Friday 31st October. Cleveland, Ohio -> Toledo, Ohio, United States.
Remember the Toledo cops I met in Cincinnati about five weeks ago? They'd said that if I ever made it to Toledo, they'd take me on a ride-along and show me round town. Well, you better know that if you say that to me, I'm likely to take you up on it. I hope they were serious because here I am!
Sangeeta was kind enough to drive me to Toledo this morning. She even found her way without too much difficulty! It was about noon when she dropped me in the centre of downtown Toledo, and I phoned Joe to let him know I'd arrived. He was on duty until four o'clock but came to pick me up in his squad car, and took me back to the station to meet all his colleagues. Terry and Jim were there- the other two I'd met in Cincinnatti. Joe opened the lid of a white cardboard box on the table, and told me to help myself to the assortment of doughnuts inside.
"It wouldn't be a police station without doughnuts", he laughed. Terry and Jim were heading out on patrol though, and were happy to take me along for a ride. Yeah! An unfortunate result of Joe's recent promotion has been that he spends more and more time at his desk and less time out 'having fun'.
..of course first a police check had to clear me of any criminal history and I had to sign a waiver.
"The waiver's just in case you catch a stray bullet or something", Joe said casually. I signed the waiver and asked where I pick up my badge and gun. Apparently there was a shortage of guns and I'd have to go without for the moment, but the badge was no problem. Terry pulled a sticker from his pocket. It proudly proclaimed me to be a Toledo Junior Police Officer. This was just getting cooler by the minute! I wondered if they'd let me drive the squad car.
Joe, Terry and Jim belong to a squad that patrols one of the worst parts of town. They spend their days busting crackheads and hookers and immersing themselves in a world that I didn't really know existed. We idled slowly through the neighbourhood streets, under the constant angry glare of the local drug dealers and gangbangers. I asked Terry if the black residents treated him differently because he's black. He said they sometimes expected him to cut them some slack or give them a break, being they're brothers and all. "But they soon find out I'm not their brother. I'm not here to dish out favours", he said. I said that made him an equal opportunity asshole, and luckily he and Jim seemed to think that was pretty funny.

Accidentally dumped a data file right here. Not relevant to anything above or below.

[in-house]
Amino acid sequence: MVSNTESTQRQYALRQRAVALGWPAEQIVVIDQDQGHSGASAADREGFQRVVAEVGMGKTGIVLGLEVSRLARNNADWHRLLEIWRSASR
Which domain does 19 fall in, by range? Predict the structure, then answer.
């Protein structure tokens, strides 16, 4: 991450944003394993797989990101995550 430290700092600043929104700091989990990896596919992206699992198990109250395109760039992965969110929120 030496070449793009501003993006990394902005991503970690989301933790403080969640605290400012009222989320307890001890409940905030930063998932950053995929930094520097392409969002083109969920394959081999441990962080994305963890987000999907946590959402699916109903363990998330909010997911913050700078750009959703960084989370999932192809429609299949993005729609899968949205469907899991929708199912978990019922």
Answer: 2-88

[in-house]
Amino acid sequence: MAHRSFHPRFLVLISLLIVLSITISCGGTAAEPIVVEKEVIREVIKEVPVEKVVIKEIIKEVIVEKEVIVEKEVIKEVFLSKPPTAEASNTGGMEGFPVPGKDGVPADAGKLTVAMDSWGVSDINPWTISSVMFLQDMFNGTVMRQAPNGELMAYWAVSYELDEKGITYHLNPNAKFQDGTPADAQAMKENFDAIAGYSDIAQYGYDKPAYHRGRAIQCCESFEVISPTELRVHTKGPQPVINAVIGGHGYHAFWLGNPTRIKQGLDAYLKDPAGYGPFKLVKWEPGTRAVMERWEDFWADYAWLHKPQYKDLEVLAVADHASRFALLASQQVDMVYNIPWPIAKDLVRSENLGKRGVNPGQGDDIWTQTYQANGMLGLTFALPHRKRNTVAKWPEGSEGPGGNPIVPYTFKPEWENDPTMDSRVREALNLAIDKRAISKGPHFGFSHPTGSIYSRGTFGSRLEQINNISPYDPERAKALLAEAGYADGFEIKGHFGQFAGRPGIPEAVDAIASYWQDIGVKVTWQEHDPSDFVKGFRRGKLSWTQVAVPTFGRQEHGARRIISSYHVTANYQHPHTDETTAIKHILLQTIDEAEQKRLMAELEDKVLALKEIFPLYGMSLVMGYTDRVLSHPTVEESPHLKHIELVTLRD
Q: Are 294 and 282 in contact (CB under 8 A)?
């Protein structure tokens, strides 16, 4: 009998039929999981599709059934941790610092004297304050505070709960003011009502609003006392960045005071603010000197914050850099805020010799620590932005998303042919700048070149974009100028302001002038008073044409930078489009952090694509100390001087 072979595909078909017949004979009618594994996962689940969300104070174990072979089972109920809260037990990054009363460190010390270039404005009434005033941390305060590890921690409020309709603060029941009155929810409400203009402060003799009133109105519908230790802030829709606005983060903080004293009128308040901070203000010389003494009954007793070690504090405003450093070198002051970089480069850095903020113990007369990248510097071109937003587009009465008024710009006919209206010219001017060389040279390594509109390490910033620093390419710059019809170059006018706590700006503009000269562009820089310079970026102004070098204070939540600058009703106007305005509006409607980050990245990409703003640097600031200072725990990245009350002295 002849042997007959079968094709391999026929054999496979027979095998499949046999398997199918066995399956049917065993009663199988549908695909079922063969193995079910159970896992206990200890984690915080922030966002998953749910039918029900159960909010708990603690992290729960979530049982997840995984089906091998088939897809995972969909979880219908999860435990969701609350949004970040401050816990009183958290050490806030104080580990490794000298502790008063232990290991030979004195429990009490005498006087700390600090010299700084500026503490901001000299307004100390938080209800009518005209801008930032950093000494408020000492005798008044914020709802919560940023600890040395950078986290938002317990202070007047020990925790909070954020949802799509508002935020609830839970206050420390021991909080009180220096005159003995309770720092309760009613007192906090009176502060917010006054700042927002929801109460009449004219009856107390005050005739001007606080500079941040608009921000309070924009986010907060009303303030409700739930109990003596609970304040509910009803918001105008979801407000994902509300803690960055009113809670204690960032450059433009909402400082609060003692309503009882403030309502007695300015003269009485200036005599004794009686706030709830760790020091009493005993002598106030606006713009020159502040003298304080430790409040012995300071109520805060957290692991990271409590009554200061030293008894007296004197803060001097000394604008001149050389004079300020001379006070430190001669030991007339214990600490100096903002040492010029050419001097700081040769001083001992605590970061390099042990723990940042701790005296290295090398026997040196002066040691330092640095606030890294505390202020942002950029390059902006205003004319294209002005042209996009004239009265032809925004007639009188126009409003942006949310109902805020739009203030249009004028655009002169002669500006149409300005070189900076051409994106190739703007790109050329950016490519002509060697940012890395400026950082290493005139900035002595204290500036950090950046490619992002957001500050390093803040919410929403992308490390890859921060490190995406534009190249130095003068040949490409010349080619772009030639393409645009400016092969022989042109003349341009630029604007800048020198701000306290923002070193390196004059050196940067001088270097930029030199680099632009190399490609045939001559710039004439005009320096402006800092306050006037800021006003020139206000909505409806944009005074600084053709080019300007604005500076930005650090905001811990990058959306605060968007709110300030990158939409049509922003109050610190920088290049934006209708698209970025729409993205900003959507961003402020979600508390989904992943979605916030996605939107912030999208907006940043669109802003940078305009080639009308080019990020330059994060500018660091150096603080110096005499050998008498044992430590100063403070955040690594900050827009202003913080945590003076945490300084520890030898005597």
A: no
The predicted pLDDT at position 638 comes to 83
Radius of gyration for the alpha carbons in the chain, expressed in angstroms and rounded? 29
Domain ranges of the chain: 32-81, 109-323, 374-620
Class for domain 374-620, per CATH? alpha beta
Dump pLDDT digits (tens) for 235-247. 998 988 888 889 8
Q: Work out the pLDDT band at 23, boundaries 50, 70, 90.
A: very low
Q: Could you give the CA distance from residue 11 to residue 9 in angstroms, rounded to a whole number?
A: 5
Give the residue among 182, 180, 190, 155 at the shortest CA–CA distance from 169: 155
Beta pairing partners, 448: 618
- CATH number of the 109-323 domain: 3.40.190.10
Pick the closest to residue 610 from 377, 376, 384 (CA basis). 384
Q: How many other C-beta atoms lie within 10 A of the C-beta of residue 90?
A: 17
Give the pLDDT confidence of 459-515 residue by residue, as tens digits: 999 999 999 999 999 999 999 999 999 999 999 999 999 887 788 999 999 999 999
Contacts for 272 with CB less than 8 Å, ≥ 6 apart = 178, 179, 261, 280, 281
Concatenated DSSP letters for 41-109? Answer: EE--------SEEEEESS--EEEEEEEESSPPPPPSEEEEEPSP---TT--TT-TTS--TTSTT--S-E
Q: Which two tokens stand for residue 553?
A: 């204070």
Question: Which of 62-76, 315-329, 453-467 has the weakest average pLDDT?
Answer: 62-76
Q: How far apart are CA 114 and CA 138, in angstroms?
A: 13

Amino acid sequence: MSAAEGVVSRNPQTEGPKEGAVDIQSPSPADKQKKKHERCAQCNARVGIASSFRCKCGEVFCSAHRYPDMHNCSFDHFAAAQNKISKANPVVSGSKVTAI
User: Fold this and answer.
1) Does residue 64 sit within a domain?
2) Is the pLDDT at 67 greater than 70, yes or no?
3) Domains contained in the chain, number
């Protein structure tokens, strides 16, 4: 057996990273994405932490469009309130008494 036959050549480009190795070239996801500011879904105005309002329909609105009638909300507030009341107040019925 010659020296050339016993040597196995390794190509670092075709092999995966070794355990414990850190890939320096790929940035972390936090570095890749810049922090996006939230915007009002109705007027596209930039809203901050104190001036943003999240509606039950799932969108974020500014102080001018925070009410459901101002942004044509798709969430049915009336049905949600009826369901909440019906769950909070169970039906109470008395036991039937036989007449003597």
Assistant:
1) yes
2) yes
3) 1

Our first radio call was to a domestic disturbance. Two teenage brothers trying to stab each other with a screwdriver! Welcome to police work. With lights flashing and sirens wailing, we sped to the scene. Terry managed to corner the big squad car at quite high speeds, and suddenly we skidded to a stop outside a small house in a tree lined side street. I guess the scene inside quietened down real quick when the boys in blue turned up. When they'd made sure the situation was under control, Terry came back to the car to get me. I was introduced as an observer. Two black boys, twelve and thirteen years old respectively, and literally just under four hundred pounds between them, were handcuffed and sitting on the sofa, looking rather solemn. My first thought was that I'd hate to get in between them when they were fighting!